first century pagan religion to be fascinating. There was an appeal to
the gods, but there was also an appeal to fatalism if things did not
work out. When a surgeon at the Asclepius cult is treating Appius for a
wound that Appius received in battle, the surgeon says that “if he
dies, it will be a course already set by the gods” (page 46). In my
opinion, Burge should have included a box explaining this feature of
pagan religion, but the comments in the books about the gods were still
informative and interesting.
5. Burge depicts tax collectors collecting taxes for Rome in
Galilee, while also stating that taxes went to the ruler of Galilee,
Herod Antipas. My understanding (and I am open to correction on this,
after I turn my blog’s comments back on in the future) is that the
Romans did not collect taxes directly from Galilee. The Romans
collected taxes directly from Judea because they had direct rule over it
after 6 C.E., but, in Galilee, they had a client ruler, Herod Antipas.
Perhaps one can reconcile all this by saying that Antipas still paid
tribute to the Romans, and Antipas was collecting taxes from Galileans
for that tribute. See my post here.
In any case, I do think that Burge should have provided a little more
clarity or historical information about this topic, even though he did
provide informative background information about Herod Antipas.
6. Burge distinguishes between how Palestinian Jews and Diaspora
Jews regarded Gentiles. In his telling, Palestinian Jews tended to view
Gentiles as ritually unclean and held that Gentiles could not be in
certain areas of the Temple. The Diaspora Jews, by contrast, were more
open, believing that God accepted even uncircumcised Gentiles. This is a
view within scholarship, but there is also difference of opinion. See here
for my post about Christine Hayes’ book on whether Judaism considered
Gentiles to be ritually impure. In addition, in researching for my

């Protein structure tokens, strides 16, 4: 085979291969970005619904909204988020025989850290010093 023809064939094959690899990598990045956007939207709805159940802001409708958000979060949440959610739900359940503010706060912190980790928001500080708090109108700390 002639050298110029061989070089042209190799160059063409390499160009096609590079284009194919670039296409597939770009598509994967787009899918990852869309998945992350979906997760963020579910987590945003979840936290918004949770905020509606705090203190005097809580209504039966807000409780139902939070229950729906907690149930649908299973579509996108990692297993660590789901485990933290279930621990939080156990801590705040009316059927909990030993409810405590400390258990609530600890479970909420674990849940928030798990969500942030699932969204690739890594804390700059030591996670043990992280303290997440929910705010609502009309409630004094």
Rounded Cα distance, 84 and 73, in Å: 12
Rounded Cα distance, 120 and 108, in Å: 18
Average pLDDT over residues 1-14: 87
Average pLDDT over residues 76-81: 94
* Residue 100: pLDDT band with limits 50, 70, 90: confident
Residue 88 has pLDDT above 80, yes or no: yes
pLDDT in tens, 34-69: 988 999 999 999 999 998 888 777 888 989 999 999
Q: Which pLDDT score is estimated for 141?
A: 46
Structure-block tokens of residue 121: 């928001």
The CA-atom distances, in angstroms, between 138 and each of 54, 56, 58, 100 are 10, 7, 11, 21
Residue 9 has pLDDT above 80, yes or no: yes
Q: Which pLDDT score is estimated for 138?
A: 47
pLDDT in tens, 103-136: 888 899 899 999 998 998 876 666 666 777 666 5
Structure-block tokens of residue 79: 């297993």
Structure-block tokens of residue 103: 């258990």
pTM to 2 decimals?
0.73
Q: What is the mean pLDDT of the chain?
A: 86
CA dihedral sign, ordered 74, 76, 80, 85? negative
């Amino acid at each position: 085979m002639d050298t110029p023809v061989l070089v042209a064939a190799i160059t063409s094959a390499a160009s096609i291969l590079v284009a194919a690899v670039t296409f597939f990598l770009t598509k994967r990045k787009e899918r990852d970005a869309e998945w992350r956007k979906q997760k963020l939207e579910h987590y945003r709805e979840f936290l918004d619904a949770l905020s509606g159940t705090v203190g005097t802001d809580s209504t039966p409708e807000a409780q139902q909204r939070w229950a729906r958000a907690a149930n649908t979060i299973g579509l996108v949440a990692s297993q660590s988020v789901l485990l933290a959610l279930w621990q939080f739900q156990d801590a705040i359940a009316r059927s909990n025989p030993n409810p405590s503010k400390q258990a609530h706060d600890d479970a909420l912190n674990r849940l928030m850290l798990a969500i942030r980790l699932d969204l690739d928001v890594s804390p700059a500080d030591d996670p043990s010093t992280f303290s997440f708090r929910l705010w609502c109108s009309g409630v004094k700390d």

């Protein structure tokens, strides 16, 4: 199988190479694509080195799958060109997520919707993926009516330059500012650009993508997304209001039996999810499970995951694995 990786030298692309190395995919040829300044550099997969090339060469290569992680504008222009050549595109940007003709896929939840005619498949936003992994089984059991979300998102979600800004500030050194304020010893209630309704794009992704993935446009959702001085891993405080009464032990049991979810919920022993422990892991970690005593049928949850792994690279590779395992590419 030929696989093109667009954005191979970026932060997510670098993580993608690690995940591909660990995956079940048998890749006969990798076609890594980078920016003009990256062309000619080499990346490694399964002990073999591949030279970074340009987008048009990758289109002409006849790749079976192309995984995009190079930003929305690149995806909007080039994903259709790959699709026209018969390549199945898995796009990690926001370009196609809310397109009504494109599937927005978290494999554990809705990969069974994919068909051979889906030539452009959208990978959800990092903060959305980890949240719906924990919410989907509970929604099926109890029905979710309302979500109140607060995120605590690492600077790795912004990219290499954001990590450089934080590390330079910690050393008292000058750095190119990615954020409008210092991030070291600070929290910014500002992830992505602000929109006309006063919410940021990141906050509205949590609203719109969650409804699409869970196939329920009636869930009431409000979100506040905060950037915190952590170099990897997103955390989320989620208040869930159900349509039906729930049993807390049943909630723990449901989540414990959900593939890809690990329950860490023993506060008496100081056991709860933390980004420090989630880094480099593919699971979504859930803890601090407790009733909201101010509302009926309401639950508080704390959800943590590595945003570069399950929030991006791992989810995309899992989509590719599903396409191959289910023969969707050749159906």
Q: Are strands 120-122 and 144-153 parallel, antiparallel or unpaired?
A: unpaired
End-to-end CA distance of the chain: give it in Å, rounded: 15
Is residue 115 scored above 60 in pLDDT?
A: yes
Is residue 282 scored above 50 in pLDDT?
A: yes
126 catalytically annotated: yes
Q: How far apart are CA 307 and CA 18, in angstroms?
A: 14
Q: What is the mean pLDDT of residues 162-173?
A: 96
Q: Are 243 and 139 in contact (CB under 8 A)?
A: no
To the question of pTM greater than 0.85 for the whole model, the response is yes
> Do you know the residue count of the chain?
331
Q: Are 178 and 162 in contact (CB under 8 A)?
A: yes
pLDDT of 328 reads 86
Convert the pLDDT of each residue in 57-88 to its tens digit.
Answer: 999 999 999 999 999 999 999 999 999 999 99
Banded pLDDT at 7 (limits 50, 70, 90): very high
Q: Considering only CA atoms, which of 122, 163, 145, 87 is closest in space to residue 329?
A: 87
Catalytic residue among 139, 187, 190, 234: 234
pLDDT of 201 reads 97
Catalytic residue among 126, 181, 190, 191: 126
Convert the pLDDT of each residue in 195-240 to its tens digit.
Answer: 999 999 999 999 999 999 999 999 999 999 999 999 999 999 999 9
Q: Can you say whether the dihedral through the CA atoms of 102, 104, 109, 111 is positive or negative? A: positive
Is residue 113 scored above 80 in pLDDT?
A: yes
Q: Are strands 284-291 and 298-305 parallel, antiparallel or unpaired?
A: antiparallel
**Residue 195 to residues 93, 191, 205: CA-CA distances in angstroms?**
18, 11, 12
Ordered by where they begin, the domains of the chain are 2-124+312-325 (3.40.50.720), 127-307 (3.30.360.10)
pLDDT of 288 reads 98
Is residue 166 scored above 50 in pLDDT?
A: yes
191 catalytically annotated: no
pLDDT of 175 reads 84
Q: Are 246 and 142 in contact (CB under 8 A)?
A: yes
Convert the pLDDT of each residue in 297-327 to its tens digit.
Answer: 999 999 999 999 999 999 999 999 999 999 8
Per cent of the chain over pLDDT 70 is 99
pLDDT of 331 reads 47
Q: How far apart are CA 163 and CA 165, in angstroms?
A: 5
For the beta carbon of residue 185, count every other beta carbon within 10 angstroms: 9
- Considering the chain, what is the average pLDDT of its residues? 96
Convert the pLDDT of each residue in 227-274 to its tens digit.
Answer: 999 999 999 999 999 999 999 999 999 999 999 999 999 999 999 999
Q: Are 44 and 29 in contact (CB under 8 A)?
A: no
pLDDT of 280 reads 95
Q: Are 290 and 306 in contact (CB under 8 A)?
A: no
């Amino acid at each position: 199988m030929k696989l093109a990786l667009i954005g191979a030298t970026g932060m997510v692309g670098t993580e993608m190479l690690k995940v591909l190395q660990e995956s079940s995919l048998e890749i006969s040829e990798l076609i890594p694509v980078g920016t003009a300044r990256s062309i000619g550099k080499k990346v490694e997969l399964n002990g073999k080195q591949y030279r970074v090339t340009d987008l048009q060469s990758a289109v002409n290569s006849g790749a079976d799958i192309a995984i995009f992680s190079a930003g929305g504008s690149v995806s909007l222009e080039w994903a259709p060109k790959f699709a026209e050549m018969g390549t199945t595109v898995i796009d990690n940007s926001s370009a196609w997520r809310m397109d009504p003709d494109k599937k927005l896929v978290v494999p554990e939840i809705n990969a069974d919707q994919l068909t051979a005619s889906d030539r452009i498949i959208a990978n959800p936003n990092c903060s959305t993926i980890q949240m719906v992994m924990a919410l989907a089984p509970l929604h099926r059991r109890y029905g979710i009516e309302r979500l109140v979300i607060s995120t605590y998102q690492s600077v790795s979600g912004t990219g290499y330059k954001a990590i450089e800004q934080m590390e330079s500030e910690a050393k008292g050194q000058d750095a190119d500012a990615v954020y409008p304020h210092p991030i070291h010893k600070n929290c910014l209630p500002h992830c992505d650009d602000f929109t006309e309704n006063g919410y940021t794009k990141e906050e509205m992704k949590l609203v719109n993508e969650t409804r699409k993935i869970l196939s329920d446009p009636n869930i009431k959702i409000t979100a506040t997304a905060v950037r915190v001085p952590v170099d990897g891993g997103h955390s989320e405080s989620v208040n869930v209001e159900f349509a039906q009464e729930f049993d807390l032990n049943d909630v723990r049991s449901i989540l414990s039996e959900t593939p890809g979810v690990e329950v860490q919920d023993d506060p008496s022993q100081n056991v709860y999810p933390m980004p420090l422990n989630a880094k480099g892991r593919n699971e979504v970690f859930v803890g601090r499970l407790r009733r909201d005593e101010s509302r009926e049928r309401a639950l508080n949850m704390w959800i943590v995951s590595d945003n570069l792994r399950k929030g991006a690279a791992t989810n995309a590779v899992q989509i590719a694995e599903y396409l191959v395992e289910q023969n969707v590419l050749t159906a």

dissertation, I have read scholars who have questioned the conventional
differentiation between Palestinian and Diaspora Judaism. I think that
Burge, in a brief footnote or endnote, should have informed readers that
there is diversity within scholarship about this issue, even though I
respect that this book may not have been intended to be a heavy,
comprehensive work of scholarship, but rather an introductory work.
Also, since a Palestinian Jew and a Diasporan Jew in the book are
debating whether Gentiles should be kept out of certain parts of the
Temple, Burge should have provided some documentation that Diasporan
Jews had a problem with such a policy.
7. Burge did well to inform the reader about ancient beliefs and how
they may differ from our own. When Appius challenges a Roman soldier
who is harassing Appius’ concubine, Burge informs us that Appius is
defending his own honor, not the honor of his concubine. Burge also
tells us about ancient views on fevers and humors, and how they
influenced the sort of surgery that was performed (i.e., bleeding a
person to bring down a fever).
8. Burge depicts Appius as the centurion in the synoptic Gospels who
asks Jesus to heal his sick slave. As a reader, I am not sure if that
works, for the centurion in the Gospels was liked by the Jews and built
them a synagogue, whereas Appius was not particularly devout towards the
God of Israel and was not especially well-liked by the Jews. Still, it
did result in some moving scenes. Appius has a piece of art in which
vicious dogs are ripping a deer to shreds, and Jesus touches the deer.
Appius is then convicted of his love for violence and resolves to get
rid of that piece of art! While Burge in an interview about the book
(which was inserted into my review copy by Intervarsity) distinguishes
his book from Christian fiction by saying that he does not present the
centurion converting to Christianity, my impression as a reader was that
Appius was pretty close to becoming a Christian!
9. I enjoyed the debate between the Jewish elder Tobias and Appius’
military assistant Marcus. Marcus was on a Roman power trip, and Tobias
was standing up boldly for his land and his people.
Overall, this is an enjoyable and informative book. It would be
useful for an Introduction to New Testament class, as long as students
remembered that there is scholarly debate about some of the issues it
I received a complimentary review copy of this book from Intervarsity Press.